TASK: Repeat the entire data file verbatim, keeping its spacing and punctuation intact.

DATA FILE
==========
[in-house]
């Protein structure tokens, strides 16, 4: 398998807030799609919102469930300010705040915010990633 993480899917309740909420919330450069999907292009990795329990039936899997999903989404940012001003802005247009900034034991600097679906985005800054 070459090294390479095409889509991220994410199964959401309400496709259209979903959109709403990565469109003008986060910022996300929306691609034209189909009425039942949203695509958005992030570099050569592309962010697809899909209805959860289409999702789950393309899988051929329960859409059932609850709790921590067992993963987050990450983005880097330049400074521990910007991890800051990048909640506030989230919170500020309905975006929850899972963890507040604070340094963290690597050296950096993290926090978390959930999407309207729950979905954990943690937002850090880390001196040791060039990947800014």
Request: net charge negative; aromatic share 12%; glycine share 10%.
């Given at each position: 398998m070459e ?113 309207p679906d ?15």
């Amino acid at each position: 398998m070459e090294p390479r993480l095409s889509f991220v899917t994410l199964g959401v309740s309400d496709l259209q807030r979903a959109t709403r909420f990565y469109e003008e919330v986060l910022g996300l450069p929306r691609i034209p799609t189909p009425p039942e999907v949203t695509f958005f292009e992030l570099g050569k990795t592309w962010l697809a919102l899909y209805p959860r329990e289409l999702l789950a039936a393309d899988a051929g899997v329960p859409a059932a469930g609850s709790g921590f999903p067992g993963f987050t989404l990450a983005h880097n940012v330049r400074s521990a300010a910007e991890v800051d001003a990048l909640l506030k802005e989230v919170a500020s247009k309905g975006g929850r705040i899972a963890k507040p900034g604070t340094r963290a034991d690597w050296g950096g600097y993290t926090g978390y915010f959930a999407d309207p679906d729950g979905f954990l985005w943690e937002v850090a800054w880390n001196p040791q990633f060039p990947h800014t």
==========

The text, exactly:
[in-house]
């Protein structure tokens, strides 16, 4: 398998807030799609919102469930300010705040915010990633 993480899917309740909420919330450069999907292009990795329990039936899997999903989404940012001003802005247009900034034991600097679906985005800054 070459090294390479095409889509991220994410199964959401309400496709259209979903959109709403990565469109003008986060910022996300929306691609034209189909009425039942949203695509958005992030570099050569592309962010697809899909209805959860289409999702789950393309899988051929329960859409059932609850709790921590067992993963987050990450983005880097330049400074521990910007991890800051990048909640506030989230919170500020309905975006929850899972963890507040604070340094963290690597050296950096993290926090978390959930999407309207729950979905954990943690937002850090880390001196040791060039990947800014």
Request: net charge negative; aromatic share 12%; glycine share 10%.
């Given at each position: 398998m070459e ?113 309207p679906d ?15």
């Amino acid at each position: 398998m070459e090294p390479r993480l095409s889509f991220v899917t994410l199964g959401v309740s309400d496709l259209q807030r979903a959109t709403r909420f990565y469109e003008e919330v986060l910022g996300l450069p929306r691609i034209p799609t189909p009425p039942e999907v949203t695509f958005f292009e992030l570099g050569k990795t592309w962010l697809a919102l899909y209805p959860r329990e289409l999702l789950a039936a393309d899988a051929g899997v329960p859409a059932a469930g609850s709790g921590f999903p067992g993963f987050t989404l990450a983005h880097n940012v330049r400074s521990a300010a910007e991890v800051d001003a990048l909640l506030k802005e989230v919170a500020s247009k309905g975006g929850r705040i899972a963890k507040p900034g604070t340094r963290a034991d690597w050296g950096g600097y993290t926090g978390y915010f959930a999407d309207p679906d729950g979905f954990l985005w943690e937002v850090a800054w880390n001196p040791q990633f060039p990947h800014t």